The 10 responses may also simply be indicative of the kind of people who would respond in such a manner; the very same people who take the time and the trouble to read woodturning websites on the web. There’s a deeper message here somewhere, but I’m too tired to look right now.

I turned a wall plaque today out of burr chestut…and, SHOCK HORROR, stained it quite a bit. A lot. Well…all of it! It struck me that we are, as woodturners, very conservative. There are taboos which are ingrained pardon pun), and take an act of will to overcome. Staining burr seems to be one of them. I have to admit that it does somehow feel wrong. Silly, I know. But it does. But then the burr, ripple, and figure all take it so well! The effects are quite stunning IMHO. I’ll photograph it tomorrow and post later on.

For now…good night my 6 wordpress watchers!

another blog?

So why another blog?

I have almost decided to change the existing non-software blog at www.cobwebcrafts.co.uk/blog.htm, but wanted to try it here first.

So here it is. Another woodturning blog. The same woodturning blog, but different in so many ways. Same turner, same thoughts and comments, different layout and different methodology.

So here’s the most recent entry from the above…just to see how it looks….

 

 

April 19th 2008

I had to collect some very fresh Hawthorn this morning, which was kindly donated by a villager. Pictured is only one pile of quite a few. I was only able to take a half load in the van due to the weight of the wood. Hawthorn is very dense and heavy, compared with a similar sized piece of, say, Ash. As usual when I’ve collected something interesting, I couldn’t wait to turn some. Turning wet wood is always fun, long streamers and very little resistance to a sharp tool, but Hawthorn is a particular pleasure. It’s a lovely wood to work, cutting like butter that’s been lightly frozen. From experience I know that Hawthorn is prone to sometimes quite severe warping and cracking if turned from wet too thickly. In fact, even rough turning Hawthorn can be less than successful. So I turned some natural-edged vases with 2-3mm wall thickness. Buoyed by the first three turning so well, I thought I’d push it a little and tried for a 1mm wall…BANG! Thank heavens for face masks. Looking at the resulting debris afterwards, there was a small, but in this case significant, knot about a third of the way down. Obviously this was where the weakness was. So next time I try a 1mm wall, I’ll make sure I check the surface more carefully.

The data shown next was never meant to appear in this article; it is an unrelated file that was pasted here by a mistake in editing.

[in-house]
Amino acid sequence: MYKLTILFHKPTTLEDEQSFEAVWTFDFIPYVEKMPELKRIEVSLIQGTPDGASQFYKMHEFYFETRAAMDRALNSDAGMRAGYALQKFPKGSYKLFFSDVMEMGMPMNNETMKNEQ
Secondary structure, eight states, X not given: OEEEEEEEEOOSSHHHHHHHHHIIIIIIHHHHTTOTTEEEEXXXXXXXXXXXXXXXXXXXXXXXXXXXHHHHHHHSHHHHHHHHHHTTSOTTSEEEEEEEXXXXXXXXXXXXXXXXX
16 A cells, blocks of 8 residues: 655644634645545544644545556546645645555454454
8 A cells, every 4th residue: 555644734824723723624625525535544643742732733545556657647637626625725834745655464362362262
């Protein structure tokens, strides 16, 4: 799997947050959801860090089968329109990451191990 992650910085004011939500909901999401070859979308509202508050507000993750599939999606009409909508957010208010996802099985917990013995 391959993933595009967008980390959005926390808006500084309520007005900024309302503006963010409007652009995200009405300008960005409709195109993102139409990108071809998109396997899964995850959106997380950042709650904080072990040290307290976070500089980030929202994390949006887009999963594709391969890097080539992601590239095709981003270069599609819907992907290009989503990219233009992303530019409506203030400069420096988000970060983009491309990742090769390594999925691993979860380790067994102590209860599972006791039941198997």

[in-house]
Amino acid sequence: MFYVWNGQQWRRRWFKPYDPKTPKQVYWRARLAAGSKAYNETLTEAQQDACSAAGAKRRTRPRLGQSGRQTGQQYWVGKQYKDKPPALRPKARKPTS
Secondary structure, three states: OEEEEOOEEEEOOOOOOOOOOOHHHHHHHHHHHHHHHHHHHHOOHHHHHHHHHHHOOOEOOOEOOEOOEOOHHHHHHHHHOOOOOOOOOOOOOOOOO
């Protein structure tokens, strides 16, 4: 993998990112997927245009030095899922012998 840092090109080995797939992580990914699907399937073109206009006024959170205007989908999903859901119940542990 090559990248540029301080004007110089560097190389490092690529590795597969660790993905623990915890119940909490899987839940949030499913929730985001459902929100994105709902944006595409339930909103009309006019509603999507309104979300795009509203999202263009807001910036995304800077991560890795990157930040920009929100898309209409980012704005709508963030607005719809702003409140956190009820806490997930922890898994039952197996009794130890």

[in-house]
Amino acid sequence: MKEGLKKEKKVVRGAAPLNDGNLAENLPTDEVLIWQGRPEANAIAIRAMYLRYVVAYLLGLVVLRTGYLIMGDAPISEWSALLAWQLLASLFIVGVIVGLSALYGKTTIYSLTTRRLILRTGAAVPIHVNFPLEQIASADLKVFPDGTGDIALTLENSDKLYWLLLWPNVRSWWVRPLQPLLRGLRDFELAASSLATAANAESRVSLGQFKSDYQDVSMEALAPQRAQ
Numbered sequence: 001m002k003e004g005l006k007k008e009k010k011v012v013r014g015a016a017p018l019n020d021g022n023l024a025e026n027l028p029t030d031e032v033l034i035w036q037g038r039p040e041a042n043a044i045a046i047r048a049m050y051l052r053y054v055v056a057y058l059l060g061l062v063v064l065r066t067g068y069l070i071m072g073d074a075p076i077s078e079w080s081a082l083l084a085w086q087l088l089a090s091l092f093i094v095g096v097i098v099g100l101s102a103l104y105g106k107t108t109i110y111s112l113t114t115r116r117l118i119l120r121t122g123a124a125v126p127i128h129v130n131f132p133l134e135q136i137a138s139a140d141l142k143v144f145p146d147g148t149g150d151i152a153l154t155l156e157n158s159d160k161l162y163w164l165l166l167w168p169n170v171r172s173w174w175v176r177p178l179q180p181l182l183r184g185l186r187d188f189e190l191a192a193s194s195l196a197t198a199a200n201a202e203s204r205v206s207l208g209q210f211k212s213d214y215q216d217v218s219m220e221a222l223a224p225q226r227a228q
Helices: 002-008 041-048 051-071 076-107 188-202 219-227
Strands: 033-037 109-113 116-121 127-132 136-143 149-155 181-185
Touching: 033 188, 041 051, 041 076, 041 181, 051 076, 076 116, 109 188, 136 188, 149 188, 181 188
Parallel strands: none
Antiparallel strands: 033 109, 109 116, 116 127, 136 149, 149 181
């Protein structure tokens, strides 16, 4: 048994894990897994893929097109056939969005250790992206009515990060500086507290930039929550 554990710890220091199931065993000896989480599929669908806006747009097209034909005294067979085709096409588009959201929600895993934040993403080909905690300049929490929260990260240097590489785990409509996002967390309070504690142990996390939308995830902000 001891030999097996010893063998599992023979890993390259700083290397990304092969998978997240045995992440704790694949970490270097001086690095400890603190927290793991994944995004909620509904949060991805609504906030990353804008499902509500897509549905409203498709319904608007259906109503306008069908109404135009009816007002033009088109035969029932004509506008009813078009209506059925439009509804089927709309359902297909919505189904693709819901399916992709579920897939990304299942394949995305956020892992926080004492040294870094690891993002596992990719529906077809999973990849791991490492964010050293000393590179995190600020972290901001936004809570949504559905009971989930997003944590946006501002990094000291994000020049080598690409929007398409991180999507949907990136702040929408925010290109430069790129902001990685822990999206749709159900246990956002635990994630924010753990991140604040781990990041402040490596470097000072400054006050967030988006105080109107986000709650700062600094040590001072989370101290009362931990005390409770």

Hawthorn Harvest

Fresh from the lathe